Here’s one more anecdote on the New York Times‘ Recording Room, which we wrote about in today’s paper. William Safire, in a 2001 column in The Times, wrote about the rules of dictation for the place.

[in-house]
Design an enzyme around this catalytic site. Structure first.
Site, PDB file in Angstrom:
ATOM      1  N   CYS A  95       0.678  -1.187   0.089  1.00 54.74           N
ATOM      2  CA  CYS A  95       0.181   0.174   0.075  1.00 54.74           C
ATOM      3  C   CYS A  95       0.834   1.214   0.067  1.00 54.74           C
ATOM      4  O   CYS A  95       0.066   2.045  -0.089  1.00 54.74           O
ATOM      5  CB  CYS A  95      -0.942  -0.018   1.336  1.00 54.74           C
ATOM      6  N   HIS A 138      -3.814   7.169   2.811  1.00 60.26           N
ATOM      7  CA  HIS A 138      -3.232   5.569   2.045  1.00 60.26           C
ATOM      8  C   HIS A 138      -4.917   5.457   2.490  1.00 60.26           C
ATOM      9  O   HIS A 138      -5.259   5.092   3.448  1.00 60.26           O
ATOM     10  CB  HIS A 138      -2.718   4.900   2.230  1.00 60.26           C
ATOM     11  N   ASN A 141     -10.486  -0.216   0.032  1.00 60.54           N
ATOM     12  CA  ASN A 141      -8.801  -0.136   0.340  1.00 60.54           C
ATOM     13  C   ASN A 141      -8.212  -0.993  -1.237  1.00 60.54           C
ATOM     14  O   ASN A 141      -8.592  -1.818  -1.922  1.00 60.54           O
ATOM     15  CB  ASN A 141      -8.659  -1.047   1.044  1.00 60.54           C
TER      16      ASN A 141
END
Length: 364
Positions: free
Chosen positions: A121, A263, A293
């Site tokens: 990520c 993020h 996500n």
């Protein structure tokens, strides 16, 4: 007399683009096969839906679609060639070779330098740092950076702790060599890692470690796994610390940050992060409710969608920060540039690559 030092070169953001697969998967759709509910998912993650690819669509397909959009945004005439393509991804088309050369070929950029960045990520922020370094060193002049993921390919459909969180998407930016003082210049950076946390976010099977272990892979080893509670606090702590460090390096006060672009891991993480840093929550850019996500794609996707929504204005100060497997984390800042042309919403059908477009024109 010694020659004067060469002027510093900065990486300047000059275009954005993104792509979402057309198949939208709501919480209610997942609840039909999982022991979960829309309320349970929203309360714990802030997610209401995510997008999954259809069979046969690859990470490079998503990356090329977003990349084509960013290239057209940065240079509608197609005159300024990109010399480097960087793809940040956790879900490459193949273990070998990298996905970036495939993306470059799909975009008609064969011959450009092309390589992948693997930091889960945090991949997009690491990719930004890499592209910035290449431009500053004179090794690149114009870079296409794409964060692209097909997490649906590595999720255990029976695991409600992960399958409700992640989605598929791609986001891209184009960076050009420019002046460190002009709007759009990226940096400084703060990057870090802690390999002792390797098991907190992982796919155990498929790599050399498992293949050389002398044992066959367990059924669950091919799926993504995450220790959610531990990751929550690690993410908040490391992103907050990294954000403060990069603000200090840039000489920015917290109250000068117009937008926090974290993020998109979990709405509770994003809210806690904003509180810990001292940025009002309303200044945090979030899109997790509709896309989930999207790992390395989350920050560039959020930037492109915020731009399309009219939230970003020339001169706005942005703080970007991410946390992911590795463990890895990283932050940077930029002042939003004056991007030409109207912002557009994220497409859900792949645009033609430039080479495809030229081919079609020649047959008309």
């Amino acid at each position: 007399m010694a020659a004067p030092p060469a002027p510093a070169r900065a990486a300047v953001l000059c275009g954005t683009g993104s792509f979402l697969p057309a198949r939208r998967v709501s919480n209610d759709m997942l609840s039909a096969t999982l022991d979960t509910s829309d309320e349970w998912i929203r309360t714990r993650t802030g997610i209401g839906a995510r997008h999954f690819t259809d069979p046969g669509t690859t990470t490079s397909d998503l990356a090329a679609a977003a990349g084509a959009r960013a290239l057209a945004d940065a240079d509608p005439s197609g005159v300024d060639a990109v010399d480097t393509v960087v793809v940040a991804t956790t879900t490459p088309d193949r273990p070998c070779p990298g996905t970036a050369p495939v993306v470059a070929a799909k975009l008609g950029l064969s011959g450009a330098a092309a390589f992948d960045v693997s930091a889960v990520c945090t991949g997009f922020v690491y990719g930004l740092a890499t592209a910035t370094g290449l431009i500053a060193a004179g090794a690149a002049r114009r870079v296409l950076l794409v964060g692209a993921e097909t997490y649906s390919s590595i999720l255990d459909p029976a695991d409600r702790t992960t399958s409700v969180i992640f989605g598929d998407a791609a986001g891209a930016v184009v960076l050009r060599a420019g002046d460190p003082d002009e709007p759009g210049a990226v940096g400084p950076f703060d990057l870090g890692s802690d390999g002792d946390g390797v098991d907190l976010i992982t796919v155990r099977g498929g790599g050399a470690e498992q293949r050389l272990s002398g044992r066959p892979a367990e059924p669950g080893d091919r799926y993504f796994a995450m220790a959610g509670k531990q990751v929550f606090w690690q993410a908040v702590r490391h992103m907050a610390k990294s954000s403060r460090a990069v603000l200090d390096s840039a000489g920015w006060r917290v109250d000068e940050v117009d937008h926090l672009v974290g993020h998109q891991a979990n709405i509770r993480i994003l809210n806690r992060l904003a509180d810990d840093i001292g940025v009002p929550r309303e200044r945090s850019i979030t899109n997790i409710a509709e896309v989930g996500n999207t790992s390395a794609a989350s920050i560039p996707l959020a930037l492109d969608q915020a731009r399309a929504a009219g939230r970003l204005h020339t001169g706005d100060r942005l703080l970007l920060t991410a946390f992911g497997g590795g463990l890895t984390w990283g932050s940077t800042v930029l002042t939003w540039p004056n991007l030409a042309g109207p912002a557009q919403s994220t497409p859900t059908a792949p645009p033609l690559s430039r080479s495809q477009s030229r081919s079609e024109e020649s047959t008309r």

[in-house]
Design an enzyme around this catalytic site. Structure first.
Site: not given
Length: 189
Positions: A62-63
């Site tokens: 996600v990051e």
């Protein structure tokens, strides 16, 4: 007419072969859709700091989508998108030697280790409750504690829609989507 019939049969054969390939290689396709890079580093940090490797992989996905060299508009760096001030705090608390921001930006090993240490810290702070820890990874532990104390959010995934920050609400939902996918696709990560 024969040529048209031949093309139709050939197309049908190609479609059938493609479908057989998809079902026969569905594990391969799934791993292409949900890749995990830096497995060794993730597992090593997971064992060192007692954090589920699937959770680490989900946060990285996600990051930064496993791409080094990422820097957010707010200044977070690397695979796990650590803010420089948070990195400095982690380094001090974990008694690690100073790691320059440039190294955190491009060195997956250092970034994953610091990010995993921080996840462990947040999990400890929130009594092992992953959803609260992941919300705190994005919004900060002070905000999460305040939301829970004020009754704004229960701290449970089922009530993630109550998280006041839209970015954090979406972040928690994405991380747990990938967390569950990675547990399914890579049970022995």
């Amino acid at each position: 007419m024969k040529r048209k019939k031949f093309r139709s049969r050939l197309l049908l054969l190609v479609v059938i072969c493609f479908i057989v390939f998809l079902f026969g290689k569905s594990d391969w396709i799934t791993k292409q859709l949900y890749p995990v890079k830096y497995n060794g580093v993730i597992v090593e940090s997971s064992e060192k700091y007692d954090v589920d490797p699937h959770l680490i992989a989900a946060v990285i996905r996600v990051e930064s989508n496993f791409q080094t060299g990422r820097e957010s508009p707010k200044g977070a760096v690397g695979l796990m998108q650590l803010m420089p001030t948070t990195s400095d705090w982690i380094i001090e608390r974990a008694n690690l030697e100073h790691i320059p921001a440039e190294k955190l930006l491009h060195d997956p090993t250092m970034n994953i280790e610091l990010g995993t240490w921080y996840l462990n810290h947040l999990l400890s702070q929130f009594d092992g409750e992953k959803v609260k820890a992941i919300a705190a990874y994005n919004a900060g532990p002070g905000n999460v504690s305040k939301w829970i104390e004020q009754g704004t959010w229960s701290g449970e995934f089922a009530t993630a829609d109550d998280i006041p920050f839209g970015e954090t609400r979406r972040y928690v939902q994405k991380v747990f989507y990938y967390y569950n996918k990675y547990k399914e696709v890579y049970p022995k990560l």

The Times‘s recording room has rules for those of us who have to phone in our copy when modems fail. "Say ‘period,’ ‘comma’ and all other punctuation," Chris Campbell instructs. "Never say ‘quote-unquote’ unless that’s exactly what you want transcribed. Say ‘open quote’ before the quoted material and ‘close quote’ after it. At the end of a paragraph, say ‘graf’ or ‘new graf."’ Thus, I would dictate the Bible’s opening as "Cap I In the beginning no comma cap G God created the heaven and the earth period new graf cap A And the earth was without form comma and void semicolon and darkness begin itals was unitals upon the face of the deep period." (I don’t know why the second was is in italics, but that’s how the King James Version has it.)
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